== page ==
Switching to Webflow from WordPress

Steven Morrison
February 24, 2022

If you have a look around our website, you made notice a few slight changes to our site this is because we have finally made the change from WordPress to Webflow.

Why we did this is for a few reasons one of the top reasons being speed. Webflow is proving to be a faster platform for the simple fact that you don’t have plugins bogging down your site.

There are a multitude of blogs and other resources out there for learning how to move a site from WordPress to Webflow they do help but they won’t be perfect for your exact needs.

The issue I found with all the info I found was it didn’t cater to my exact needs odd I know someone not doing exactly what you need on the internet. So, I thought I would share how I overcame some of the issues I had while doing the transfer in the hopes it may help you if you find yourself making the same move we did.

Making the pages of the site.

This is the easy bit first its just a matter of knowing how to use the editor for Webflow and then working away to make the site in Webflow that same or as close as you can get to the WordPress site. I did this by having two monitors one where I was working on the site and one where the WordPress site was sitting for reference. It takes a while but not as long as making a site from scratch because we didn’t want to make any big changes it made it a bit easier. A main point for making this faster is making sure you have some base styles so that you can use them across all your pages, this makes it easy to get your pages to be uniform and makes it easy to adjust things as you go without having to go to each page and make the changes all other the place.

Working on the complex parts of pages.

We have a search and filter system on our blogs and while we had it via a plugin on WordPress here on Webflow it’s all done via a very simple attributes system from finsweet this made it very easy to get what I needed for the filtering system without a lot of code, there is a bit of code but very little. I also used a bit of jQuery to load text into a dropdown for me this is a method I would recommend it’s a simple bit of code that means you can load info into drop downs from CMS without having to do it by hand.

   var a = $(this).text();

I would definitely recommend using finsweet for any filter or search needs for Webflow sites it has made it very simple to get a filtering system without having to much complexity.

The big one moving our collection of blogs

Now this is the biggest issue I had while moving over. There is a plugin for Wordpress that exports content this may help you but atlas it did not do what I wanted. The plugin was giving me bits that I didn’t want and bits that I needed weren’t there so I had to do the hard yards myself thankfully I have the knowledge of python and web scraping to fall back on. I spent a lot of time writing a scraper to get the parts from the blogs I wanted while leaving behind the sections I didn’t need and then formatted them in an excel sheet for the import into Webflow. This took so long to get right making sure I got the parts that I needed while not taking the parts that I didn’t this was not ideal, but I knew the outcome I wanted and was not happy with the initial plugins output so in my opinion it was worth the time to get it perfect.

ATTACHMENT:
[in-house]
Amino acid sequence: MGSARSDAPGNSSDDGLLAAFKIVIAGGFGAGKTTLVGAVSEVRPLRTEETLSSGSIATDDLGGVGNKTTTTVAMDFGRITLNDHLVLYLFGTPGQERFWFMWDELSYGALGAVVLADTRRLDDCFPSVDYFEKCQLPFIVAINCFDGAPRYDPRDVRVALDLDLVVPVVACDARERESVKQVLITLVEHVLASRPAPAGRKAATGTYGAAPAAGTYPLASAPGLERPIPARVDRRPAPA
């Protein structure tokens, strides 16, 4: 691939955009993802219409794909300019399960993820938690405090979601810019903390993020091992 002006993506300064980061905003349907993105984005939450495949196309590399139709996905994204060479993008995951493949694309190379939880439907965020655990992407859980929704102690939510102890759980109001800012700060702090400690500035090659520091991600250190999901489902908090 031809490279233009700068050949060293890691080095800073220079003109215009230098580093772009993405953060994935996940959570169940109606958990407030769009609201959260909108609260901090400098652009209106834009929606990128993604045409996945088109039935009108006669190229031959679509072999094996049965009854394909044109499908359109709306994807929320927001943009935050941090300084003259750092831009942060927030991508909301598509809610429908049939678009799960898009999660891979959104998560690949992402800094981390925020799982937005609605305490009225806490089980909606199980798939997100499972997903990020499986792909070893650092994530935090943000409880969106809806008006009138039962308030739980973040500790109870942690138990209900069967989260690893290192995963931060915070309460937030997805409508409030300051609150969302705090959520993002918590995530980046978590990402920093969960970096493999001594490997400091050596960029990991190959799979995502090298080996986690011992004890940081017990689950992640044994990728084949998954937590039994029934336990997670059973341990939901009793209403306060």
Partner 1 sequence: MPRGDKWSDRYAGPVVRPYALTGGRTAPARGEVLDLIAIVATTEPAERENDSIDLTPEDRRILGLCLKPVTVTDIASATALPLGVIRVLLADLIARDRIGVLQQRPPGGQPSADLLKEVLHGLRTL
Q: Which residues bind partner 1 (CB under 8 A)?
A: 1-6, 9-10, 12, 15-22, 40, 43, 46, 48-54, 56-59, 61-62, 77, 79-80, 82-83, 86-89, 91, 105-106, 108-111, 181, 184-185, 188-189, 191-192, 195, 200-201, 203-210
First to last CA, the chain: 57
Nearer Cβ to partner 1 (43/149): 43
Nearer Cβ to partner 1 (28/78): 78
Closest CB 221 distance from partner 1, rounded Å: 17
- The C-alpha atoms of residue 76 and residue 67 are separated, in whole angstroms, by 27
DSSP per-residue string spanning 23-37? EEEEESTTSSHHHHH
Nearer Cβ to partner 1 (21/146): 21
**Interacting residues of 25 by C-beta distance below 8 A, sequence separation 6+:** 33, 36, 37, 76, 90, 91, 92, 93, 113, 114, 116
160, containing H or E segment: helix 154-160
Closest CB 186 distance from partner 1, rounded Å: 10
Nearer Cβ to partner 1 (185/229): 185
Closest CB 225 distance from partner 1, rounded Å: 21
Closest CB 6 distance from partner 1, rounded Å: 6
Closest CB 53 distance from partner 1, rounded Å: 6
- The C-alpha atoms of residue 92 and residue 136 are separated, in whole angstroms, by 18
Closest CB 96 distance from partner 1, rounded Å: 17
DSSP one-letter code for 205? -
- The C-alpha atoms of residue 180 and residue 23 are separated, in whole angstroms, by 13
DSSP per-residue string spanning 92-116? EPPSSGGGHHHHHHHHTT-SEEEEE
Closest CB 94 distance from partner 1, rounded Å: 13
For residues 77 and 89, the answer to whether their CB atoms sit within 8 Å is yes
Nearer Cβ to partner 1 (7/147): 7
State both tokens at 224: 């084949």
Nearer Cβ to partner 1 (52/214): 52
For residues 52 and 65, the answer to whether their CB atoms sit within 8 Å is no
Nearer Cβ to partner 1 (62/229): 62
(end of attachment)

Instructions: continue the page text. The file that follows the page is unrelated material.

Blog code blocks

There is as of writhing this blog no native way of adding code blocks into blogs in Webflow. This is a major issue for us as it is with many other technical blogs. How I fixed these issues is by taking to google, there are so a fair number of different solutions to this problem. The issue I had with many of the solutions was the complexity of them. As we don’t have one or two people doing the blogs for our site I needed a solution that was simple and easy to use this led me to using highlight.js.

Highlight.js is the choses solution purely because it can be used in a very basic form and still do the job without much code needed from the person writing the blog and what code they do need is handily placed in a snippet on our internal documentation for people to refer to.
all it takes is adding the link to the highlight.js stylesheet and script tags into the blog page head and one line in the body then the person writing has to copy and paste the code into the blog and away they go.

Below is a screenshot of all the code needed to show code.. of course would have loved to show you in code but when trying to do that it hid all of the code witch is what I expected.

Well that it from me for now plan on doing a few more blogs on Webflow so keep an eye out for them.

Image of Steven Morrison with the OptimalBI logo in the background.

Steven Morrison is a design innovation grad who’s part of the team here at OptimalBI, so you’ll find him squirreling away working on stuff that helps make us look good. 

Connect with Steven on LinkedIn, or read some of his other blogs here.

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